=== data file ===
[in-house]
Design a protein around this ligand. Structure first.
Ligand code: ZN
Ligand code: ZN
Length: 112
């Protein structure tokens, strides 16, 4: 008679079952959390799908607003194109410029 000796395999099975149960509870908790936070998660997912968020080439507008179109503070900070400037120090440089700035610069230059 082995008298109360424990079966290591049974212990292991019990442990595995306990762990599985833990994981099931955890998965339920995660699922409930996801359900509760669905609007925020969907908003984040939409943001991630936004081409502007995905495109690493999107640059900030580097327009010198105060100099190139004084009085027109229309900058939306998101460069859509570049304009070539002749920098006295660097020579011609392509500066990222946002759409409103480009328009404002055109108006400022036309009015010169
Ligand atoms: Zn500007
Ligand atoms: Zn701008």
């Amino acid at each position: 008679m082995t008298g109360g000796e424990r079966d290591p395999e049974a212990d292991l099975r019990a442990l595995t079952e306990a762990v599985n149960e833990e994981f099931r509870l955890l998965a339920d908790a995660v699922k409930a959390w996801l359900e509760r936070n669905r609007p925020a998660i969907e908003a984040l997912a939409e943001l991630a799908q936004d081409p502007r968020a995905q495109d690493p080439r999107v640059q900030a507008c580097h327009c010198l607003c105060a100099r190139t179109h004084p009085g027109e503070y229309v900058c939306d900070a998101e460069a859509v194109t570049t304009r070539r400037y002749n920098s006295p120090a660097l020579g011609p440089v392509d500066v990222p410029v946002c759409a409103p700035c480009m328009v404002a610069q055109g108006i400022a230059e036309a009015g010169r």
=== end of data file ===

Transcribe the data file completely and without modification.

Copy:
[in-house]
Design a protein around this ligand. Structure first.
Ligand code: ZN
Ligand code: ZN
Length: 112
């Protein structure tokens, strides 16, 4: 008679079952959390799908607003194109410029 000796395999099975149960509870908790936070998660997912968020080439507008179109503070900070400037120090440089700035610069230059 082995008298109360424990079966290591049974212990292991019990442990595995306990762990599985833990994981099931955890998965339920995660699922409930996801359900509760669905609007925020969907908003984040939409943001991630936004081409502007995905495109690493999107640059900030580097327009010198105060100099190139004084009085027109229309900058939306998101460069859509570049304009070539002749920098006295660097020579011609392509500066990222946002759409409103480009328009404002055109108006400022036309009015010169
Ligand atoms: Zn500007
Ligand atoms: Zn701008």
């Amino acid at each position: 008679m082995t008298g109360g000796e424990r079966d290591p395999e049974a212990d292991l099975r019990a442990l595995t079952e306990a762990v599985n149960e833990e994981f099931r509870l955890l998965a339920d908790a995660v699922k409930a959390w996801l359900e509760r936070n669905r609007p925020a998660i969907e908003a984040l997912a939409e943001l991630a799908q936004d081409p502007r968020a995905q495109d690493p080439r999107v640059q900030a507008c580097h327009c010198l607003c105060a100099r190139t179109h004084p009085g027109e503070y229309v900058c939306d900070a998101e460069a859509v194109t570049t304009r070539r400037y002749n920098s006295p120090a660097l020579g011609p440089v392509d500066v990222p410029v946002c759409a409103p700035c480009m328009v404002a610069q055109g108006i400022a230059e036309a009015g010169r």